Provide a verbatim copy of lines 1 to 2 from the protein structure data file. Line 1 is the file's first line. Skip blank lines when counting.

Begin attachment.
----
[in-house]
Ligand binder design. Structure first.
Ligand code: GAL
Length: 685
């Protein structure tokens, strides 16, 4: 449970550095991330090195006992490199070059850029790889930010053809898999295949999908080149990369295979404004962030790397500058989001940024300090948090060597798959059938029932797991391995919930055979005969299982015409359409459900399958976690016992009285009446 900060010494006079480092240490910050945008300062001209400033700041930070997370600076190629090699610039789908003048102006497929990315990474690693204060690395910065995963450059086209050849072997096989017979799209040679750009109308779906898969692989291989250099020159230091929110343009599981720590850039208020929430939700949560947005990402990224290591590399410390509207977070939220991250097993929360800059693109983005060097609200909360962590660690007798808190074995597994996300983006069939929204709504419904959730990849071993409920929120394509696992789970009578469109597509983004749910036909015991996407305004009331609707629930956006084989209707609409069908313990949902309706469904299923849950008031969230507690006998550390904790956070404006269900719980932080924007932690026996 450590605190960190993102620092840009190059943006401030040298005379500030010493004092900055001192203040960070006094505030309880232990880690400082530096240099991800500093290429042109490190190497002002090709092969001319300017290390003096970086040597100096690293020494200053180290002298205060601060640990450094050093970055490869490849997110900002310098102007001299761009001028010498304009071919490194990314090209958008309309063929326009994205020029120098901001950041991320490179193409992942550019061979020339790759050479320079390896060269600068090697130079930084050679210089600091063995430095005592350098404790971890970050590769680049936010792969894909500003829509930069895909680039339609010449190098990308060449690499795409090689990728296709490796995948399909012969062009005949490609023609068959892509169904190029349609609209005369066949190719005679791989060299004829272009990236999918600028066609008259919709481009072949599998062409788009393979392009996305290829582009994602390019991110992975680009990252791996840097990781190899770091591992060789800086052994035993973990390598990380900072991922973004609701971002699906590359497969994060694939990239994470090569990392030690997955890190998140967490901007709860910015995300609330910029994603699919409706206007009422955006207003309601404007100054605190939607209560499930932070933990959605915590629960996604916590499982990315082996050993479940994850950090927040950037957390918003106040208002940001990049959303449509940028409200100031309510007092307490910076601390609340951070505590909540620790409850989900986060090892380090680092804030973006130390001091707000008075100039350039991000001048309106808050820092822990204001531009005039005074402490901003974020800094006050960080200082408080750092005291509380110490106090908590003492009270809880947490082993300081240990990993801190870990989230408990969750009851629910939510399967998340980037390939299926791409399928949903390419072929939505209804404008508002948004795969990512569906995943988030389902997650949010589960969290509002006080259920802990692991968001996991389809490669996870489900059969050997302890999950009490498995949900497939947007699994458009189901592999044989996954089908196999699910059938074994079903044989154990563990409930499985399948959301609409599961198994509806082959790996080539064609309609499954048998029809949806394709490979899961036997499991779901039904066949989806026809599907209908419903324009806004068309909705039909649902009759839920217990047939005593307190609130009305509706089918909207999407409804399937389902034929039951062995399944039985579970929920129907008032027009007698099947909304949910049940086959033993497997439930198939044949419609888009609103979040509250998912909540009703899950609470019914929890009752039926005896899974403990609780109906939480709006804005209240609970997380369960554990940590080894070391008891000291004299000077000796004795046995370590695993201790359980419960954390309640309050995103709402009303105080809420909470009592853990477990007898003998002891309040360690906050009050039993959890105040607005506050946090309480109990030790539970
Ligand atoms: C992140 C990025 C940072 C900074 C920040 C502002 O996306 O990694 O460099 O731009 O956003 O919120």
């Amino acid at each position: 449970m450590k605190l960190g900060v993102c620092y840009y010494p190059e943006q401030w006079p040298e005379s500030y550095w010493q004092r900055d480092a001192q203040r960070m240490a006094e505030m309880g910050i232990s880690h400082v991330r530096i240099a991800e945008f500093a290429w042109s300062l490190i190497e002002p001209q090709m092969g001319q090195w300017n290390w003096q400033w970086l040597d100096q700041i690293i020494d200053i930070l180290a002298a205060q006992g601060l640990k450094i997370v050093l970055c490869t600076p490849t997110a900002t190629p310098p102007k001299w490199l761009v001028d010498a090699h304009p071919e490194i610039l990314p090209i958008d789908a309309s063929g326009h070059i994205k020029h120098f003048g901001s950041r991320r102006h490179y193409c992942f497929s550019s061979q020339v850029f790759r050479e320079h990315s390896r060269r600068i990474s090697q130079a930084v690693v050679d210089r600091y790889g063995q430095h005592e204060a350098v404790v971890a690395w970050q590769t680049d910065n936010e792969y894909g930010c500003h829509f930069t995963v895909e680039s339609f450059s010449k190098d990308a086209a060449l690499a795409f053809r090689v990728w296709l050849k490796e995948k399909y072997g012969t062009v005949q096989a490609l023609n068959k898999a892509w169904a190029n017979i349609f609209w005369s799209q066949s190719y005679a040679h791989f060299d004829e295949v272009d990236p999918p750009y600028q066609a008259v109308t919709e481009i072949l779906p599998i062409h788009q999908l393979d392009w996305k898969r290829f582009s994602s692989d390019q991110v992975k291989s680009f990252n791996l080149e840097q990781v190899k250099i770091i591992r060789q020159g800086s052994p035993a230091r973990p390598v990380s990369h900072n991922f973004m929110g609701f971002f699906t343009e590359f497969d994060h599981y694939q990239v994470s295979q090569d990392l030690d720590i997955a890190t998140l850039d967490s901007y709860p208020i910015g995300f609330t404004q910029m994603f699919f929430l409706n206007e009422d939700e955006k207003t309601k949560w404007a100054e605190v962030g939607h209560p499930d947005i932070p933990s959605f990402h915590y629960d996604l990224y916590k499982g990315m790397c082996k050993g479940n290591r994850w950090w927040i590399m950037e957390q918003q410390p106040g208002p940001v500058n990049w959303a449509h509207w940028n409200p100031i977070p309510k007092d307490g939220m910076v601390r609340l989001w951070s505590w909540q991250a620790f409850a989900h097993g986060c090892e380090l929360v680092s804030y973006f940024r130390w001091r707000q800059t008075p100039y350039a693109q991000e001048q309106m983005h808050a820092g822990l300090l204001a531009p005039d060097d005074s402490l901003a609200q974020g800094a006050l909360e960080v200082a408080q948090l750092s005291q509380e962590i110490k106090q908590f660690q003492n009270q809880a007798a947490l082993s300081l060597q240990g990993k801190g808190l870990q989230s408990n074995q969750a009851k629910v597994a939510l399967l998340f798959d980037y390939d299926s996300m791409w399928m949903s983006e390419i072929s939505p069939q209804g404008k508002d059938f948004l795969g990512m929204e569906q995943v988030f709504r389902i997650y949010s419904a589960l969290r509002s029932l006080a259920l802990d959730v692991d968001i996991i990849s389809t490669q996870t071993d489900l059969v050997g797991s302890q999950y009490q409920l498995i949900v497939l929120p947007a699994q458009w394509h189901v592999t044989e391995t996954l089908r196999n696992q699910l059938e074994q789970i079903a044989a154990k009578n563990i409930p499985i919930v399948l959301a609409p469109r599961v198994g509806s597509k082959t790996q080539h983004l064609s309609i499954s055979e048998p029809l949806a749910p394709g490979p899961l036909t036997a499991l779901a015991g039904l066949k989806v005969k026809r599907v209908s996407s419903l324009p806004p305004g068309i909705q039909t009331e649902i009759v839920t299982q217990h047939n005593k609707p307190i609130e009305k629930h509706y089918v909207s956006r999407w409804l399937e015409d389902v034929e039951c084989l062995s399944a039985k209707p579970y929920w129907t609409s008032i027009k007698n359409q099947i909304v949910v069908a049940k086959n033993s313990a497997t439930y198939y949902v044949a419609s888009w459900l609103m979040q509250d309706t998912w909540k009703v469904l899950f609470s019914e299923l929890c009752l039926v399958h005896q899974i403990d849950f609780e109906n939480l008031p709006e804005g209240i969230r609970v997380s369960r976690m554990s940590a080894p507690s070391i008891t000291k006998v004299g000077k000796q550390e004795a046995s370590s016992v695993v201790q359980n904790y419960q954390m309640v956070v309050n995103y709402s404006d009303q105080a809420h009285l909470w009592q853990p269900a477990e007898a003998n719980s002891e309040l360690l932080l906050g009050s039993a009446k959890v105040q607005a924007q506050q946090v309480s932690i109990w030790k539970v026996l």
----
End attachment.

[in-house]
Ligand binder design. Structure first.